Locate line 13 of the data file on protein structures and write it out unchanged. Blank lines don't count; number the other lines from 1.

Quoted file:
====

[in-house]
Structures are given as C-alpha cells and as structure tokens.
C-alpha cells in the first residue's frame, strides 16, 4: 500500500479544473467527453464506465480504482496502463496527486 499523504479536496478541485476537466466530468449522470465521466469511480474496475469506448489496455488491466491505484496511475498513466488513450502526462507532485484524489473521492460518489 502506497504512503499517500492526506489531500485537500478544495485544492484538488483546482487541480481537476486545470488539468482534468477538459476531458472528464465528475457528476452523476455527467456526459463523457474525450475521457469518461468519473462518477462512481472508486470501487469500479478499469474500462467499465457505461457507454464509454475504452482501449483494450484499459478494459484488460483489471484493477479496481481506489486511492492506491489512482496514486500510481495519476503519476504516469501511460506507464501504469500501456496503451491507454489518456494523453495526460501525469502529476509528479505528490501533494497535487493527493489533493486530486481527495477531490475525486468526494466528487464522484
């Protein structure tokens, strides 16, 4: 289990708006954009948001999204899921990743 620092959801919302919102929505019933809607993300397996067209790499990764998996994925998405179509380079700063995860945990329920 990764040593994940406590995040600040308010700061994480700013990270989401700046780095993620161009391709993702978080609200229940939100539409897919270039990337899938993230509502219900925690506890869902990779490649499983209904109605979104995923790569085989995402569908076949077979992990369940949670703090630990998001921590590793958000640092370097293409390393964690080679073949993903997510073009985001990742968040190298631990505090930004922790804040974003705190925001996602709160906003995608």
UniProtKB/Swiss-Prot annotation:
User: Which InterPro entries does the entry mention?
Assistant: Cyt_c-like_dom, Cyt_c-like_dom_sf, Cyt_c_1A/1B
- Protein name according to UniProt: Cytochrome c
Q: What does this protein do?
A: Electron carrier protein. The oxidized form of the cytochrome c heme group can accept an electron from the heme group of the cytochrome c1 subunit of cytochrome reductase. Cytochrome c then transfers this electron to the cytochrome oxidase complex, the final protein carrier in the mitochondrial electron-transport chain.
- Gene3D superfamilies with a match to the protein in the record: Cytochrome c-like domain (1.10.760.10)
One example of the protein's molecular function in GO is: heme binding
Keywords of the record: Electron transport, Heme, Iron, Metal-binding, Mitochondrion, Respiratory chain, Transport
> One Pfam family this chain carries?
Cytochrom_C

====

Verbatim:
Keywords of the record: Electron transport, Heme, Iron, Metal-binding, Mitochondrion, Respiratory chain, Transport